Rockford photographer Jon Hartman, a 1995 Rockford High School graduate, has been accepted in ArtPrize 2012. His entry is a series of Michigan landscape photographs entitled “Pure Michigan” which will be on display at the Ledyard Building, which is located directly across Monroe Center from the Grand Rapids Art Museum (GRAM). “I have always been intrigued by photography. It wasn’t until birth of my first daughter that I actually picked up a camera to document her entrance into the world, and I haven’t put it down since,” said Hartman. “Whether it be a be a Michigan beach, engaged couple, or an old decaying door, I love taking pictures that tell a story. Frequently traveling with my camera in tow, I look for the unseen details in ordinary things. I have especially enjoyed capturing images of downtown Grand Rapids, highlighting the growth and draw of our ‘big-small’ city, and of our naturally beautiful state of Michigan. I am a member of the Grand Rapids Flickr Group and photographed the 2011 Grand Rapids Marathon. My work was also featured in the Amplify Grand Rapids event, part of the G-Rap Initiative.”
Equest Center for Therapeutic Riding riders traded in their saddles for paintbrushes and enjoyed a sunny afternoon at the center to become part of an entry for the ArtPrize event. Artist Corey VanDuinen is pictured with his entry for the ArtPrize event (as well as something special for Equest Center), which is exhibited in front of the Grand Rapids Children’s Museum.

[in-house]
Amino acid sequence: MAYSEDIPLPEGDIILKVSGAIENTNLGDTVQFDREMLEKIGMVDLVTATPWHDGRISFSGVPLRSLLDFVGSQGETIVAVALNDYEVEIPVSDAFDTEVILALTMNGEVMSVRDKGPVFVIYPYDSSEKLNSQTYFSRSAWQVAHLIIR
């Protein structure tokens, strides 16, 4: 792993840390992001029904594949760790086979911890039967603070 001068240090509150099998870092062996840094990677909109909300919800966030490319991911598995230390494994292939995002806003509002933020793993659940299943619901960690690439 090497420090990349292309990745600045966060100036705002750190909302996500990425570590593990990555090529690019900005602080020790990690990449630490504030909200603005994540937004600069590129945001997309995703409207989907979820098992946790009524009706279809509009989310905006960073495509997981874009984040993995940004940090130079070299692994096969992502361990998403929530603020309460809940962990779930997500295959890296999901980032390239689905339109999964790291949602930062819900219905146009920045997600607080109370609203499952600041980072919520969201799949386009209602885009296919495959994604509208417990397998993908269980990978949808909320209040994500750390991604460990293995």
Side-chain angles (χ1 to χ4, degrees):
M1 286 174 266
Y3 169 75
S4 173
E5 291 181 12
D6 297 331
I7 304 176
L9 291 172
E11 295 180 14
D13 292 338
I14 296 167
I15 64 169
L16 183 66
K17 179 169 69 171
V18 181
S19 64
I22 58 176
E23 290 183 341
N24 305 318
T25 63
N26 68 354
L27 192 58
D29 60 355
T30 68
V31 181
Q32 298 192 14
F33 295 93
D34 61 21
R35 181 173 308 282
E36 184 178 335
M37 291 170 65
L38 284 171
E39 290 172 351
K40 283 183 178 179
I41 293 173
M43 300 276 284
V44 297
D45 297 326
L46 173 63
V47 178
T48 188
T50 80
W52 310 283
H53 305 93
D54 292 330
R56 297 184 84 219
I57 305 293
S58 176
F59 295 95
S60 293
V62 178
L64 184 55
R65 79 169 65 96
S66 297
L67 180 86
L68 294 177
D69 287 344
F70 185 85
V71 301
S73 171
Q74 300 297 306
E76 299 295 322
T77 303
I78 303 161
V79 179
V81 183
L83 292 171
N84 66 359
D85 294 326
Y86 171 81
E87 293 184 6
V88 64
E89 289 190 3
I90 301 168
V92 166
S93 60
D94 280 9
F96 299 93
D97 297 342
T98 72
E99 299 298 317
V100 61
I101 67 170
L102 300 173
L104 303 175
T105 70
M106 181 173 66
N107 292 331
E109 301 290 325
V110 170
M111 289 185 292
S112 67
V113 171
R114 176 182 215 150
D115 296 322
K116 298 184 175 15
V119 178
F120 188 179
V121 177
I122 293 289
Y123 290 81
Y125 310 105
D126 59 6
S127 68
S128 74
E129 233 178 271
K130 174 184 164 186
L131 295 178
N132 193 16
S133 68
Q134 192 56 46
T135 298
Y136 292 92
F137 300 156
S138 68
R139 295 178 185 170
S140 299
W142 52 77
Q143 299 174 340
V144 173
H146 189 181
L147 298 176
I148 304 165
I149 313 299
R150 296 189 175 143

Artist and gallery owner shoots for $250,000 prize Rockford resident Carol Black couldn’t be more proud of her son Stephano Sutherlin, who, despite living in Little Rock, Ark., couldn’t pass up the change to compete in ArtPrize. Sutherlin, who owns his own art gallery, Little Rock 17, has submitted “Steam to Diesel” as his ArtPrize entry. The three-piece work is a painted history of Michigan’s locomotives. Sutherlin began his career by joining a traveling circus, then explored the world in the Navy, and is a professional courtroom sketch artist. He grew up the son of a train conductor. His unique background and lifelong interest in trains compelled him to create “Steam to Diesel.” Sutherland’s wife, Ashley Polk Sutherland, said the process of creating the work led to long interaction with Sutherland and his father. “It was a great bonding experience,” she described. She said she believes the work will speak to a great many people. “There is a fascination with trains by people of all ages,” she said. Her father in law, especially, is one to admit he doesn’t understand or appreciate abstract art. This he loves. Polk-Sutherland said she and her husband were thrilled to hear about the first ArtPrize last year and would have loved to participate then. Unfortunately they were unable due to deaths in their respective families. This year they look forward to coming home to Grand Rapids to see it all first hand. “ArtPrize is unique because it is juried by the public in venues throughout the city,” said Polk-Sutherlin. “Some people call it American Idol for artists.” Last year the contest brought 250,000 visitors to Grand Rapids to view pieces created by artists from over 40 states and 20 countries. “It’s a huge honor for me to participate in one of the largest art contests in the world,” said Stephano. “The ArtPrize experience so far has been amazing. I have met incredible people and organizations through my research, including C&O Historical Museum in Virginia and CSX Railways, who bought C&O in the 1980s.” The three-canvas piece “Steam to Diesel” was inspired by Stephano’s love of trains and travel. His hope is the tryptich will invoke a sense of nostalgia in combination with the history of early train life in […]